The Nobel Prize in Literature for 2013 has been awarded to Canadian author Alice Munro, who the Swedish Academy called a "master of the contemporary short story."

"She is a fantastic portrayer of human beings," said Peter Englund, permanent secretary of the Swedish Academy in an interview immediately after the announcement, adding that Munro's consistent depiction of the rural Canadian landscape proves that she "has everything she needs in this small patch of earth."

Click here to read a 1986 profile of Munro from the PW archives.

The Nobel Prize revealed via its Twitter account that it wasn't able to get ahold of Munro, but left a phone message. CBC World Report said that Munro's daughter woke her up to share the news. "I knew I was in the running, yes, but I never thought I would win," Munro told the Canadian Press.

Munro's Hateship, Friendship, Courtship, Loveship, Marriage was a finalist for the National Book Critics Circle prize in 2001, and she is a three-time winner of the Governor General’s prize, Canada’s highest literary honor. In 2004, she received the Giller Prize (now the Scotiabank Giller Prize) for Runaway.

The Nobel Prize may very well be the last award of the 82 year old author's career, as she told Canada's National Post earlier in the summer that she was "probably not going to write anymore."

“This is so surprising and wonderful," said Munro in a statement through her U.S. publisher, Penguin Random House. "I am dazed by all the attention and affection that has been coming my way this morning. It is such an honor to receive this wonderful recognition from the Nobel Committee and I send them my thanks."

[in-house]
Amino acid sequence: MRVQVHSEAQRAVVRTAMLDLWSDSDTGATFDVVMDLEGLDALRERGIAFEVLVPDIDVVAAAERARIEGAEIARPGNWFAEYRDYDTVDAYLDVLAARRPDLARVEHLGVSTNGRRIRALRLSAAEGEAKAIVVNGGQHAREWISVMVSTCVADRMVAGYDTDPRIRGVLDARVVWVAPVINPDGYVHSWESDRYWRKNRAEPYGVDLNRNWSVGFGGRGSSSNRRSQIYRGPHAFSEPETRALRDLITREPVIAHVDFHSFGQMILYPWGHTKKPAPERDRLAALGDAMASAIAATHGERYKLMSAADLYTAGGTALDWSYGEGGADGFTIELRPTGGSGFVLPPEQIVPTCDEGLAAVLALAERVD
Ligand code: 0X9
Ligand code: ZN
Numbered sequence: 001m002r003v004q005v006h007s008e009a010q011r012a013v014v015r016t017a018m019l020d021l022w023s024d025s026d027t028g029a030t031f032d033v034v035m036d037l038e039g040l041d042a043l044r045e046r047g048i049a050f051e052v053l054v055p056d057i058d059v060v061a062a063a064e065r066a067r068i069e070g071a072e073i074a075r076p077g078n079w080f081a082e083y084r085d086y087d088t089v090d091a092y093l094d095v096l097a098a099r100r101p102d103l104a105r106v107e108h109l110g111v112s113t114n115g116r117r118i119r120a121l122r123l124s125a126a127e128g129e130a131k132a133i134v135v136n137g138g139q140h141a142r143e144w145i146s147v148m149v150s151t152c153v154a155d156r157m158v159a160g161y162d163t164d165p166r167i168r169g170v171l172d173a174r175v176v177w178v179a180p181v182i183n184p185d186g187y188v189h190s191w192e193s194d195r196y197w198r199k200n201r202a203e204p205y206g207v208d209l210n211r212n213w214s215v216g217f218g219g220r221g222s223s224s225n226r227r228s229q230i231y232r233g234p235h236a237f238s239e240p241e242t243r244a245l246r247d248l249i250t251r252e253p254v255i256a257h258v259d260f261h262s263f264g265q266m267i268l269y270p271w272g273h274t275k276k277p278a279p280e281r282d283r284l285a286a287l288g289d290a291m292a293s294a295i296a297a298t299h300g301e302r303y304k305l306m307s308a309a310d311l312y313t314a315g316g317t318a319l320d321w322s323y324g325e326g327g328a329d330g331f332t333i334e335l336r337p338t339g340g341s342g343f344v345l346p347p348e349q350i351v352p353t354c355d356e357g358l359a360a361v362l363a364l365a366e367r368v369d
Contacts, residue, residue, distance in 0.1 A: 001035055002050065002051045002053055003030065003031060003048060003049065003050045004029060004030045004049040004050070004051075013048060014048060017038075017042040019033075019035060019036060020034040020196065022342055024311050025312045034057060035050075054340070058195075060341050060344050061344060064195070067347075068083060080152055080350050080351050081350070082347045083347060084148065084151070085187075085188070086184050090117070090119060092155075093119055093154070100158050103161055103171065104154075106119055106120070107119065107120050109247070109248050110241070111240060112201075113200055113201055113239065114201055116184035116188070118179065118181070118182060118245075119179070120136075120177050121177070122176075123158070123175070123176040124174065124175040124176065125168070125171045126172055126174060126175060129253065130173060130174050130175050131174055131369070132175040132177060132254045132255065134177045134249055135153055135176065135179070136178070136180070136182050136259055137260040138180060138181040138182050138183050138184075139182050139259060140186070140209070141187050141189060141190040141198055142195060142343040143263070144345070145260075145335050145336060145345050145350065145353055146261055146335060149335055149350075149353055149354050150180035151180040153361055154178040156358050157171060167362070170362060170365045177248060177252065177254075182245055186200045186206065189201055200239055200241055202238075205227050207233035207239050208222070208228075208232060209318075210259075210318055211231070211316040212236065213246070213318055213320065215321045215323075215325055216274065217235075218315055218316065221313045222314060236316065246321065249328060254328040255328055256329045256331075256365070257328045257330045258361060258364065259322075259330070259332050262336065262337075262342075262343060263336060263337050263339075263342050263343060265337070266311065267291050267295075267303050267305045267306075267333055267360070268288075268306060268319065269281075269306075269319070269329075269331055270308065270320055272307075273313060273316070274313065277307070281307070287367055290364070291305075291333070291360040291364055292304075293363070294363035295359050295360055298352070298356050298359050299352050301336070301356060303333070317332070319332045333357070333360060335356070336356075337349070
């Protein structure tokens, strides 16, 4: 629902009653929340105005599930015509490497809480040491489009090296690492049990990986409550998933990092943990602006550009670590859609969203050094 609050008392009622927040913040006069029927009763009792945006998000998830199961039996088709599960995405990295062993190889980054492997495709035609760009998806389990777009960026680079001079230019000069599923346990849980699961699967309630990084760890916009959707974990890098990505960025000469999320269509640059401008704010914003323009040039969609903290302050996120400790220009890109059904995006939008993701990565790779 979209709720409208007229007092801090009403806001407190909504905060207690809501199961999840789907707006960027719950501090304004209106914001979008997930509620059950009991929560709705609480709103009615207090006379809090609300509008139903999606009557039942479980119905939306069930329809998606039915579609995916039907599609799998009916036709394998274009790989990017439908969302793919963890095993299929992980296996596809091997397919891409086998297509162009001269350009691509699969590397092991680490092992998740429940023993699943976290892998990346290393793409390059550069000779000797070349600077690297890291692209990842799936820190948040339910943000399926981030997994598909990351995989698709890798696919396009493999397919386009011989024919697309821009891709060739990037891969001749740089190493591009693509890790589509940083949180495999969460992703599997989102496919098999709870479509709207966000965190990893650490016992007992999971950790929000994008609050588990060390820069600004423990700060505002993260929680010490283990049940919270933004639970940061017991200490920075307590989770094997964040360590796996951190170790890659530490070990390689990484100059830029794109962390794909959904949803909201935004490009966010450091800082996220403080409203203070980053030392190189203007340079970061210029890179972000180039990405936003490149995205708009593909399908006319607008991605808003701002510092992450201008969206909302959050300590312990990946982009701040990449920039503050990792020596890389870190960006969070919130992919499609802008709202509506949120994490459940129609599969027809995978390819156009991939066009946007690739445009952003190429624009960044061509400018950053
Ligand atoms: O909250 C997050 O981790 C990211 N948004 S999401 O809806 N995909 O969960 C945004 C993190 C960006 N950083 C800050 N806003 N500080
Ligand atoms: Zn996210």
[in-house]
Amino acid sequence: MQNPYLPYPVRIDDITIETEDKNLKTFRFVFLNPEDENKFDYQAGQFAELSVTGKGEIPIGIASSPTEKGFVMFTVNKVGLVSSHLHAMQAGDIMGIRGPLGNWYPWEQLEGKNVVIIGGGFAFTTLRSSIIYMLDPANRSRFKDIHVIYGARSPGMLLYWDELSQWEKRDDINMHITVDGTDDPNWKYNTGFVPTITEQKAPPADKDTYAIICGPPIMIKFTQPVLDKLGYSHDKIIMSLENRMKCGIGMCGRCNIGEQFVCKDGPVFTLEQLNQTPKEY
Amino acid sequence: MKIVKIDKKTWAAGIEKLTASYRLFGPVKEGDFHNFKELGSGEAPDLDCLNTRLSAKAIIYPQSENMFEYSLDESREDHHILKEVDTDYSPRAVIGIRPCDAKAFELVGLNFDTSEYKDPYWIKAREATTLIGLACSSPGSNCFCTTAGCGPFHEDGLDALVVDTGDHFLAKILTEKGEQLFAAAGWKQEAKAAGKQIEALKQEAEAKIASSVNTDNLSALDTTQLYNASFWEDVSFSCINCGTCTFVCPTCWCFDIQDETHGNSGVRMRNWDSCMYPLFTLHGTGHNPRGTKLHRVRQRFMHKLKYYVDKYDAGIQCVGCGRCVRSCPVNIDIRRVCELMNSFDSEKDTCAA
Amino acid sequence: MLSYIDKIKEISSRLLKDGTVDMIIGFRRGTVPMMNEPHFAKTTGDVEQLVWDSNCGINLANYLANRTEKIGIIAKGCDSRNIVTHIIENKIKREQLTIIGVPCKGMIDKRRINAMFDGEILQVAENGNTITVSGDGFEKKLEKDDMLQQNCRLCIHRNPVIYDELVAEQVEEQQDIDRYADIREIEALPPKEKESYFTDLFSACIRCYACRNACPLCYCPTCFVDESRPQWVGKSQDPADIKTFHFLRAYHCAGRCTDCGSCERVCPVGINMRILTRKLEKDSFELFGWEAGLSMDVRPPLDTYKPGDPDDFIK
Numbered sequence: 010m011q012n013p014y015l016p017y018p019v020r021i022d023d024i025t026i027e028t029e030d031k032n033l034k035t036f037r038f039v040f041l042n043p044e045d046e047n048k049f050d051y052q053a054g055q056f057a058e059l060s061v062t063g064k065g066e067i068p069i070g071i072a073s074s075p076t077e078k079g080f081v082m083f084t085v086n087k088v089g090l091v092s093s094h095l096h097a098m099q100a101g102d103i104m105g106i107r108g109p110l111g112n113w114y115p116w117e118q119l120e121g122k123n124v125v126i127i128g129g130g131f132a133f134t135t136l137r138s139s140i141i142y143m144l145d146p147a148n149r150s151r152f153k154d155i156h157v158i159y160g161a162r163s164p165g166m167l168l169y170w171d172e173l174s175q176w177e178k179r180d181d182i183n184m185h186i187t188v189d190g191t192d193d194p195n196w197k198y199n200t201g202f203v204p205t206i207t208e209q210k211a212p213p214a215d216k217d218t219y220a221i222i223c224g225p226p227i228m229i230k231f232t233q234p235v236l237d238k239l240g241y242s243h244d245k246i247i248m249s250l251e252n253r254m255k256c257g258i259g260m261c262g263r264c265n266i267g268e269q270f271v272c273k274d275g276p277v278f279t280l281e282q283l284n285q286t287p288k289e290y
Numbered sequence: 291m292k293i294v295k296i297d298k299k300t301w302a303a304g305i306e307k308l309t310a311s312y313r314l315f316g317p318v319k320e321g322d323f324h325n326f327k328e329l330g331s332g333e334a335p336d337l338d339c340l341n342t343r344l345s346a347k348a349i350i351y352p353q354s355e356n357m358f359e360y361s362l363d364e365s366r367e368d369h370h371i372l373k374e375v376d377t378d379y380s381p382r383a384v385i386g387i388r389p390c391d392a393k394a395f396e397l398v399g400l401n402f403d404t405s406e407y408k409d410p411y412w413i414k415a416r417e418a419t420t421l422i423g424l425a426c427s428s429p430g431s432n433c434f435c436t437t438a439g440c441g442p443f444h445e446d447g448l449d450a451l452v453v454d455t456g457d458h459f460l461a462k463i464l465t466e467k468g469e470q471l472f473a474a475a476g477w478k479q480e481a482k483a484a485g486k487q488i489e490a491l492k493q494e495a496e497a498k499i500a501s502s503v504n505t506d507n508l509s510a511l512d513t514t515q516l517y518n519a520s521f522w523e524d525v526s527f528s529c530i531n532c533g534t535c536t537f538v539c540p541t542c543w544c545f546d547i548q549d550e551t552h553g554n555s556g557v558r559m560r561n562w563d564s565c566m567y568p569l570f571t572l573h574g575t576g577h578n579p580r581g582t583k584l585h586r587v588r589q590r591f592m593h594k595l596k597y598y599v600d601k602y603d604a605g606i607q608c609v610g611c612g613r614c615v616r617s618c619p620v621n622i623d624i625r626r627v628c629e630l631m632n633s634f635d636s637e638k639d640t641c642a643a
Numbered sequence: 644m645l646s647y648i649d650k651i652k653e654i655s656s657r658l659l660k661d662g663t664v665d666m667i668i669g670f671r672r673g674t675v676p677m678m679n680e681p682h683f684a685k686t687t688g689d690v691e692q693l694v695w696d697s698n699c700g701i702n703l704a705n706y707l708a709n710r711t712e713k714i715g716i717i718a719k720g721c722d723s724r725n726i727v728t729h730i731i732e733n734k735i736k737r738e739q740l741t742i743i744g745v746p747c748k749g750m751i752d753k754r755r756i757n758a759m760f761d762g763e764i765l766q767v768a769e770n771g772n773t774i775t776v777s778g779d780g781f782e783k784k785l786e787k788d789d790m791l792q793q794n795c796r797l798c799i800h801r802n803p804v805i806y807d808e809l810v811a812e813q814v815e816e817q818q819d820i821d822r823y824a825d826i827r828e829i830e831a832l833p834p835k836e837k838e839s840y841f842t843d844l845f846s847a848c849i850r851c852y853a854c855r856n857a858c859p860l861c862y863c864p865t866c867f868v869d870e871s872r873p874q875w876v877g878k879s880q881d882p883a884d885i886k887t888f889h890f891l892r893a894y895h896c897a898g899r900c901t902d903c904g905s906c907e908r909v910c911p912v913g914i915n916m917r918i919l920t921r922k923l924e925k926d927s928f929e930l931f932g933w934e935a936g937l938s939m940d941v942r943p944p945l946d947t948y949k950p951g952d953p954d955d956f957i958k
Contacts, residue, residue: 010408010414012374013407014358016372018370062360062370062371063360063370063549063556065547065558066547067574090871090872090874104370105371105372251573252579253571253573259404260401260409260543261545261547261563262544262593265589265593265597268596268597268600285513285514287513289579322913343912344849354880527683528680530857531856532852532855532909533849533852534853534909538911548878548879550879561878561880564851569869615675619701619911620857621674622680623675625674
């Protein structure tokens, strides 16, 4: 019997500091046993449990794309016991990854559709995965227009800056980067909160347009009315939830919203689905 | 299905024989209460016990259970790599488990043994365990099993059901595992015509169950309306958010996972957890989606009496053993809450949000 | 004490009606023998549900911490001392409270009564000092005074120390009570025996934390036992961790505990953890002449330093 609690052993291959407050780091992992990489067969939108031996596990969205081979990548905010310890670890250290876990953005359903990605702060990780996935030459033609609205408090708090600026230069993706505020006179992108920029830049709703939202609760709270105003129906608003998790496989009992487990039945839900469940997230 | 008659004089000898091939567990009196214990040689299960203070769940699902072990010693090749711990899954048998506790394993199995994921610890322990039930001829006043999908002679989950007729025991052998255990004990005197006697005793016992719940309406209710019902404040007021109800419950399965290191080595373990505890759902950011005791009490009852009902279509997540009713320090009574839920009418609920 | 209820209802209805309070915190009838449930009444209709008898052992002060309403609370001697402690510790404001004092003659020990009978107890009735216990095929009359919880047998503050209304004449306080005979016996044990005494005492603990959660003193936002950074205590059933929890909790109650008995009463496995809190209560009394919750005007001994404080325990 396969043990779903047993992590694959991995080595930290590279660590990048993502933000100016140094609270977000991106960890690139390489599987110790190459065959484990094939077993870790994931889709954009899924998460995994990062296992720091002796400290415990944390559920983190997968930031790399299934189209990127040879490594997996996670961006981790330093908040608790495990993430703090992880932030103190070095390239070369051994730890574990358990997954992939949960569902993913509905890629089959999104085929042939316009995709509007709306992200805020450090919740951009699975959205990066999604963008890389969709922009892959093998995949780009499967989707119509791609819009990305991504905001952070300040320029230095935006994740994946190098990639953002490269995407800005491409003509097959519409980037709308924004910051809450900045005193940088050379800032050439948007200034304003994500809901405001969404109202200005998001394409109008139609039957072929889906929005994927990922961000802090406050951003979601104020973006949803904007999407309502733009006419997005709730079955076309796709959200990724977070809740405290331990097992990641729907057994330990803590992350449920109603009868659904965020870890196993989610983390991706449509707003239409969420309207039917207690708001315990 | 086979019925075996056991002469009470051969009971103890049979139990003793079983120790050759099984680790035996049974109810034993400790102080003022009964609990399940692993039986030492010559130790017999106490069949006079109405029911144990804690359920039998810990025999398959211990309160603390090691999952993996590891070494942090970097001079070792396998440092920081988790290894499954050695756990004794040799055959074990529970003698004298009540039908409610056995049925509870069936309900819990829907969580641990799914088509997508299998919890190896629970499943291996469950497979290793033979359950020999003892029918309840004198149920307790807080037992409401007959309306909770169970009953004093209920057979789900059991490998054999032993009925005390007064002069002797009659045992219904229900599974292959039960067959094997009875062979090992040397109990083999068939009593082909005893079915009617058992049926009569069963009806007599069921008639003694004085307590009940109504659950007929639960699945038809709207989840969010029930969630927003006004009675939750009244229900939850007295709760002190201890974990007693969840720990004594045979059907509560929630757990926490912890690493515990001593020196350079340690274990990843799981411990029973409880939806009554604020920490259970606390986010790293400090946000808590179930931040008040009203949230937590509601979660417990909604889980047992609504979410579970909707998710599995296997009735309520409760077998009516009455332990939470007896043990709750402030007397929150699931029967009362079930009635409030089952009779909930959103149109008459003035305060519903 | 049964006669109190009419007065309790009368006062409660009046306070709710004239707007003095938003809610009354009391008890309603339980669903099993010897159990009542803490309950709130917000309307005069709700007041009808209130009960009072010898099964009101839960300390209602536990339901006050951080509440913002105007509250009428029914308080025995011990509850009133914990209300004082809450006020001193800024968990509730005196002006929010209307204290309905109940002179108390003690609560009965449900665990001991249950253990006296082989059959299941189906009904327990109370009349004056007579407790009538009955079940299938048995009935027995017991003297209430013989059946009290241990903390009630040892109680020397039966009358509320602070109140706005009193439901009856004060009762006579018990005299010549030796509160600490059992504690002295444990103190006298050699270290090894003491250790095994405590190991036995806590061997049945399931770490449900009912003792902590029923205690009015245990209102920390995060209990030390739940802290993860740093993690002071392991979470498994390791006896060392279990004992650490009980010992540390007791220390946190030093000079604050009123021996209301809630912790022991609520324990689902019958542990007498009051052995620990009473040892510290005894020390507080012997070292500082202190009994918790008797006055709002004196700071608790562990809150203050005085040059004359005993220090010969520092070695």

Munro added, "When I began writing there was a very small community of Canadian writers and little attention was paid by the world. Now Canadian writers are read, admired and respected around the globe. I’m so thrilled to be chosen as this year’s Nobel Prize for Literature recipient. I hope it fosters further interest in all Canadian writers. I also hope that this brings further recognition to the short story form."

Penguin Random House shared the news Thursday morning with "jubilation and great pride." The recent merger of the two houses brings together Munro's publisher stateside, Knopf and Vintage, and the author's paperback publisher in her native Canada, Penguin. She is published in hardcover and e-book in Canada by the PRH McCelland and Stewart imprint. Her recent books include Dear Life, Something I've Been Meaning to Tell You, and The View from Castle Rock. A Knopf spokesperson said the publisher is planning to go back to press on some titles but that nothing had been finalized Thursday morning.

As of October 6, 45,579 print copies of Munro's books have sold this year -- the vast majority editions of her latest collection, Dear Life, which has sold 13,313 copies in hardcover and 19,655 in paperback, according to Nielsen BookScan.

Munro is the 13th woman to win the prize, and will receive 8 million Swedish kronor, or about $1.2 million.